Oregon is a unique setting. We've laughed about the possibility of arriving at NIRCA cross country nationals with Olympian Gabe Jennings, world record holder Hicham El Guerrouj and cross country all-American Liza Pasciuto on our team! They are all in school at UO. It's not going to happen.

We aren't a farm team for the the UO varsity. In the last six years a total of two men have jumped from the club team to the varsity (coach Martin Smith wouldn't let them onto the team in the first place but, later, coach Vin Lananna welcomed them). In those six years three runners have left the varsity and joined the club team. They have fun!

With our group's experience, we feel that we have some good ideas about how to start a club, how to develop it, what mistakes to avoid...how build a vibrant, thriving, self-sustaining group.


We welcome your ideas to help develop a plan for clubs to grow, not only in the West where distances are so great, but in all regions of the country.

NIRCA, the National Intercollegiate Running Club Association, has a great website (www.clubrunning.org) which regularly features clubs and their keys to growth and success.

We hope to add your ideas for club development over the next several months and, perhaps, to create a setting where club members nationwide can add their thoughts, so that we have, in public, many ideas about how to build and sustain a successful collegiate running club.

Here's where to begin.


If you plan to start a club, you must already have a handful of runners in mind as your nucleus. Maybe you even run together already. A sit-down meeting or a good conversation on a run can establish your group ideas.

Check with your campus Club Sports office to see what it takes to start a club. (Does your school have a club that you don't know about? If so, they probably need your help!)

Don't be discouraged if there are hoops to jump through to become an official sport. You'll only have to jump through them one time.

Decide what you want your club to become. Be sure that your goals fit the framework of your Club Sports office. Be flexible...your goals might change over time. Look for future leaders in your beginning group. Someone must carry on when you graduate.


Once you've committed to start a club and made it official, your leaders need to find ways to publicize and build the group. Big schools have lots of runners and former runners. You have to find them...they have to find the club. You'll probably have no money to start with, but you'll have other powerful tools: word-of-mouth, visibility on campus, and the web.

There will be a Club Sports open house every fall or every semester/term. Be sure to be there to legitimize your new club among the others on campus and with Club Sports administrators. We've found that few of these “open-house” runners show up more than once, but some do stick with the club.

Meet in a conspicuous place at a busy time. You might get some walk by/run by interest.

Actively recruit people. Don't be afraid to say, “Hey, do you know about the Running Club?” to someone who's out running. If there are running classes at your school, let the instructors know that you've formed a group. Those instructors can be some of your best recruiters. Running author Joe Henderson teaches jog-run and 5k/10k classes at Oregon and occasionally points a runner in our direction.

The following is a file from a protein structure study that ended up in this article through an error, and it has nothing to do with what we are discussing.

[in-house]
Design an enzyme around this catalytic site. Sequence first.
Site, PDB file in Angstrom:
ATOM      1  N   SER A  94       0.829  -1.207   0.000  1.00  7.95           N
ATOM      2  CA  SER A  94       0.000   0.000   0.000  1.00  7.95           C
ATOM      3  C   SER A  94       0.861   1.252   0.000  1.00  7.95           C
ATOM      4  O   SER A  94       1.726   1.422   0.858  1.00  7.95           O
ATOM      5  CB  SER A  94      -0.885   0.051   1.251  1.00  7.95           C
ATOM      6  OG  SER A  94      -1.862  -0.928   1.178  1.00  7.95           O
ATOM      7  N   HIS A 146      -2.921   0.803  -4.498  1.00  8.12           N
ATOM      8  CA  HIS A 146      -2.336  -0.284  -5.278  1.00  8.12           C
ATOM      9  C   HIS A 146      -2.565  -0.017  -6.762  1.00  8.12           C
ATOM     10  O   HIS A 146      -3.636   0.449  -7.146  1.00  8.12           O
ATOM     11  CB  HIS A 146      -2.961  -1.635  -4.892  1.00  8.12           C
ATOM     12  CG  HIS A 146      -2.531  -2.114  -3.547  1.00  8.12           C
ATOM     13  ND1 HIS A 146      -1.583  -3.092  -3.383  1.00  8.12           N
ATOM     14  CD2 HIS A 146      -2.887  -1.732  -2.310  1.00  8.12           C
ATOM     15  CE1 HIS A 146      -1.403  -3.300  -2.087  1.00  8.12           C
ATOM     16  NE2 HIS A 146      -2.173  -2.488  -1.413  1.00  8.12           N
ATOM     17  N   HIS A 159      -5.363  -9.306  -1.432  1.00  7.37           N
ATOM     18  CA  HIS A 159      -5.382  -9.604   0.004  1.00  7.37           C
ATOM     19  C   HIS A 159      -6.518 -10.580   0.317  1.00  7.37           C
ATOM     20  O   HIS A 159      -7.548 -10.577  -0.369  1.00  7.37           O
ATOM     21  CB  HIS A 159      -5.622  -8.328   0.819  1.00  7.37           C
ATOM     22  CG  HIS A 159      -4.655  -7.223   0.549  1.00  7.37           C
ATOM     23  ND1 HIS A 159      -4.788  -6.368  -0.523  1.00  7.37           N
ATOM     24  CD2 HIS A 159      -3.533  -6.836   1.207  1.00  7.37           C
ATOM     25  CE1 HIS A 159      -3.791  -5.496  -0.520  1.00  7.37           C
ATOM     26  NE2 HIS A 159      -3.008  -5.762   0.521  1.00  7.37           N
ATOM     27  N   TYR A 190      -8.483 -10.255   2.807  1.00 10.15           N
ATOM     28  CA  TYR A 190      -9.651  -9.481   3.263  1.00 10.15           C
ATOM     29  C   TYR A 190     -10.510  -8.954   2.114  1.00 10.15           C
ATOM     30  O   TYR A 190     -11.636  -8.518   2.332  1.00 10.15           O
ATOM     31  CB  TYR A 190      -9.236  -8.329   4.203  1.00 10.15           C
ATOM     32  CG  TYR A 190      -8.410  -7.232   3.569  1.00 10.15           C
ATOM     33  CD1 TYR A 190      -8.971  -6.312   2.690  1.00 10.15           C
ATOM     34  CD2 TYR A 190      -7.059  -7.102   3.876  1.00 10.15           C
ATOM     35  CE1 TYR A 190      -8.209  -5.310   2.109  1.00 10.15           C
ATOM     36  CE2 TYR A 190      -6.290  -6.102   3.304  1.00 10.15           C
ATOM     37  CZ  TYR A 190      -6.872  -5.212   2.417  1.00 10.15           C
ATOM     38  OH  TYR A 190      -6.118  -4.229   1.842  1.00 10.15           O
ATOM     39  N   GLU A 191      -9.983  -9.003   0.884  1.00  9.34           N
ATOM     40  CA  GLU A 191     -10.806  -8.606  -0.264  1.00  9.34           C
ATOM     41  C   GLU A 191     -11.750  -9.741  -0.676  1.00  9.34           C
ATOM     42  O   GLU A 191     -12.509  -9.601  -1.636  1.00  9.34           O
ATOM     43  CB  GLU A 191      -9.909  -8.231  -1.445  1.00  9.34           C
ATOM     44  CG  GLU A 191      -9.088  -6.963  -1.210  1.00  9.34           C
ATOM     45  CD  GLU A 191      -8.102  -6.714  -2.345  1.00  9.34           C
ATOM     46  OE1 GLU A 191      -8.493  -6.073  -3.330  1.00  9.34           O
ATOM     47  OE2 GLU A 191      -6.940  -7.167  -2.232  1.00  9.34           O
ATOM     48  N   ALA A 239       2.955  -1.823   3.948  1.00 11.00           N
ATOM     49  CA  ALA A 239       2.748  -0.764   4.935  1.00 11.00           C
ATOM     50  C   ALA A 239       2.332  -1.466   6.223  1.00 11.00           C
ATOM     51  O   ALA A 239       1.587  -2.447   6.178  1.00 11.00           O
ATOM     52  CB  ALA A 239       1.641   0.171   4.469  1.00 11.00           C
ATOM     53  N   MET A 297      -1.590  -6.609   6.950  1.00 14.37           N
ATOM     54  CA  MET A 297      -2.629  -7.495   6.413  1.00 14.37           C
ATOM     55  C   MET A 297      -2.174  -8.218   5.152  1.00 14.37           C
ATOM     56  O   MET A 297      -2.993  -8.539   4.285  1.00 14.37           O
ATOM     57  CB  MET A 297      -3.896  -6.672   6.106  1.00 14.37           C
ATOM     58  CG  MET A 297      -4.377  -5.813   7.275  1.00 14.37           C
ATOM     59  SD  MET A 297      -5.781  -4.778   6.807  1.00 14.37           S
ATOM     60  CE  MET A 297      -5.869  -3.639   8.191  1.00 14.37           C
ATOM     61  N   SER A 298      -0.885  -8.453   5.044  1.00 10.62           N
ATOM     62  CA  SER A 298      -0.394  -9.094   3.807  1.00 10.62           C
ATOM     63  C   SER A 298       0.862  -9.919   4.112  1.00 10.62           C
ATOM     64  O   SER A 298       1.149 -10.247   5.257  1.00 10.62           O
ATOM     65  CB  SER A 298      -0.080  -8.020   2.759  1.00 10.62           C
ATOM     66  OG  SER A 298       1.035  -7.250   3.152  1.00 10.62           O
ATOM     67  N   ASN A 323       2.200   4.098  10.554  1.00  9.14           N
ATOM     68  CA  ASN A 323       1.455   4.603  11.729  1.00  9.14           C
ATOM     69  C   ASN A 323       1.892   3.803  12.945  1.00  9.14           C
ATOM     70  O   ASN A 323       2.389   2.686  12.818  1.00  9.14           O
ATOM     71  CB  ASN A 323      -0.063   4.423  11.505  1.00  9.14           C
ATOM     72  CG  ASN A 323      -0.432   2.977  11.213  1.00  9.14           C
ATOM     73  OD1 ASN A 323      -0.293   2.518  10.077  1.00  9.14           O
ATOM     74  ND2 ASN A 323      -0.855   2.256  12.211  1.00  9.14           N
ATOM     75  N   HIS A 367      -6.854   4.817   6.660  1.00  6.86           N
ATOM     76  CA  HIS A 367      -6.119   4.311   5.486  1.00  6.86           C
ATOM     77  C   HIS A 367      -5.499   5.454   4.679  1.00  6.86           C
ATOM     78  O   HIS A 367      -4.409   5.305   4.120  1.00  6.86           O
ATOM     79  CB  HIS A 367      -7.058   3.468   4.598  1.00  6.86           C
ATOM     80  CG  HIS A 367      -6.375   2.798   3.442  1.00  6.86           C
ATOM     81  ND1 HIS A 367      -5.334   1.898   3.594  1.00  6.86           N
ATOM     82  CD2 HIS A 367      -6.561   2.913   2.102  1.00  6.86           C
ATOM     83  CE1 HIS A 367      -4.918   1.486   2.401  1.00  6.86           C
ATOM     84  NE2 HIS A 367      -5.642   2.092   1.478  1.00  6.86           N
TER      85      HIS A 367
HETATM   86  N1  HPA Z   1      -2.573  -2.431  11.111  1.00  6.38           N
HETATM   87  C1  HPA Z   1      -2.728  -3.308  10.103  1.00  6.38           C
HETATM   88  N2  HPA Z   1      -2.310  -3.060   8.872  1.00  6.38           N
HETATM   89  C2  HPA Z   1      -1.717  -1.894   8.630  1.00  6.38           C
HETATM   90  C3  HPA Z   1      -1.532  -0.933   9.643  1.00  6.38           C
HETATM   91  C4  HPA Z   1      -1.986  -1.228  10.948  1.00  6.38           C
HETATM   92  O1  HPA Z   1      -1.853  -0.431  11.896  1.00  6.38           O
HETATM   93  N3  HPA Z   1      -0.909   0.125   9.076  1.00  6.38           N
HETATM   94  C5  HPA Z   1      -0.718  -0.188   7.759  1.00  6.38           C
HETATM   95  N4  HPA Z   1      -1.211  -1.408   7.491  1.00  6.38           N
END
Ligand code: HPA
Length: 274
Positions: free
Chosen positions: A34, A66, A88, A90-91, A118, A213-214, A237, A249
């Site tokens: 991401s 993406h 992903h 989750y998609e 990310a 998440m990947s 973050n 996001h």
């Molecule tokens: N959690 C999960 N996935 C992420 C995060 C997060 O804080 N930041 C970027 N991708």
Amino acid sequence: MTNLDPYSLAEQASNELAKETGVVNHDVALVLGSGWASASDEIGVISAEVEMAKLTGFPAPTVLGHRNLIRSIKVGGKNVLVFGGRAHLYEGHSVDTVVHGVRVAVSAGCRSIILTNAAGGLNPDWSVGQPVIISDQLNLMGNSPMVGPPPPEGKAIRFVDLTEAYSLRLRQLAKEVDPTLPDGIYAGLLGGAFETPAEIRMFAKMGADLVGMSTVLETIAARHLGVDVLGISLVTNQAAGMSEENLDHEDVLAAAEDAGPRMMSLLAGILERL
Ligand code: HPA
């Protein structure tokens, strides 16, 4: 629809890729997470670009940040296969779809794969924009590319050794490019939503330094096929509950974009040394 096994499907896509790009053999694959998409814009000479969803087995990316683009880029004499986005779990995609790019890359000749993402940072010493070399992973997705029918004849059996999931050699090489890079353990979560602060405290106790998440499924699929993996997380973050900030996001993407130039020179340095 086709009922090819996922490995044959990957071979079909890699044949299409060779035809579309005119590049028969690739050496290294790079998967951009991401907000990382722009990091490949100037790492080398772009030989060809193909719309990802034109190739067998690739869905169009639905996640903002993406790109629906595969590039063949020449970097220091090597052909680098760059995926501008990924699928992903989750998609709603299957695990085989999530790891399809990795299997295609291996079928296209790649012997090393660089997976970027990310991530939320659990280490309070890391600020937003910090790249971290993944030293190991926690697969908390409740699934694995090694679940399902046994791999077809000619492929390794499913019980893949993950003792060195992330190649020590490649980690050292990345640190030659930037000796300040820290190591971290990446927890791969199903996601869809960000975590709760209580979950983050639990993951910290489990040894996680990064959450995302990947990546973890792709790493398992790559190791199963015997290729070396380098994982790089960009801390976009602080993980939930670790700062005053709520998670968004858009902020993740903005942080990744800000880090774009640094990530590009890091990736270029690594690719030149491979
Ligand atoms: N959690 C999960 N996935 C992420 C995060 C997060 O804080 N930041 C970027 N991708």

Posters might help. Maybe a notice in the student newspaper would be possible. If any local races list runner's affiliations in results, be sure to list your club rather than “unattached”.

Once you have singlets (racing shirts) be sure to have your runners wear them in every race, especially the ones on campus or in town. Club tee-shirts (in exchange for club fee?) will help a lot to spread the word about your club and to legitimize your existence. Have you seen Michigan's or Penn State's great shirts?

Even with newspapers dwindling in size and coverage, you might be able to get an occasional result in the community sports page, or perhaps more easily on the newspaper's website.

Staging a race can be valuable, but hugely time consuming...and might actually lose money. If you try it, the first time make it as inexpensive as possible to put on.


Perhaps the most valuable way to attract runners is through your website which should be linked to your school's Club Sports website. It is vital to start a website, make it good, and keep it current! Make it something that people want to go to. Give them information they need, and which will interest them.

Needed information: Workout plan for the week or semester. Contact info for key members. “Mission statement”...competitive, recreational, both? On their site, Michigan has a good set of FAQs to alleviate concerns of would-be club members.

Many club websites are outdated or have little information. An outdated website indicates little apparent club interest even if there is GREAT club interest. Several NIRCA clubs have old, uninteresting information on their sites...they are hurting their clubs.

Info of interest: Races, running routes near campus, photos of members, cross country results, club records at various road and track distances...start a list that shows the best time for every club member at every distance they've run while a club member. At UO a weekly email disseminates timely information and information of “interest”, all of which also appears on the website for a week. Some gets archived. Runners from other clubs around the country look at our website. Some coaches even use our workouts. If that helps develop the sport...great!

Our website, updated weekly, is at www.uorunning.com.

Illinois has an excellent site with up-to-date information including race results, all-time club records, photos, meet entries, and week-by-week training plans for all distances from sprints to cross country.

Wisconsin also has an often-updated site with weekly training information. Wisconsin is great example of a unique club which is a separate, stand-alone, campus organization, not a part of a club sports program. They are a non-profit corporation with by-laws...a terrific example of another way to develop a running club with focus on college students, but also open to community members including families.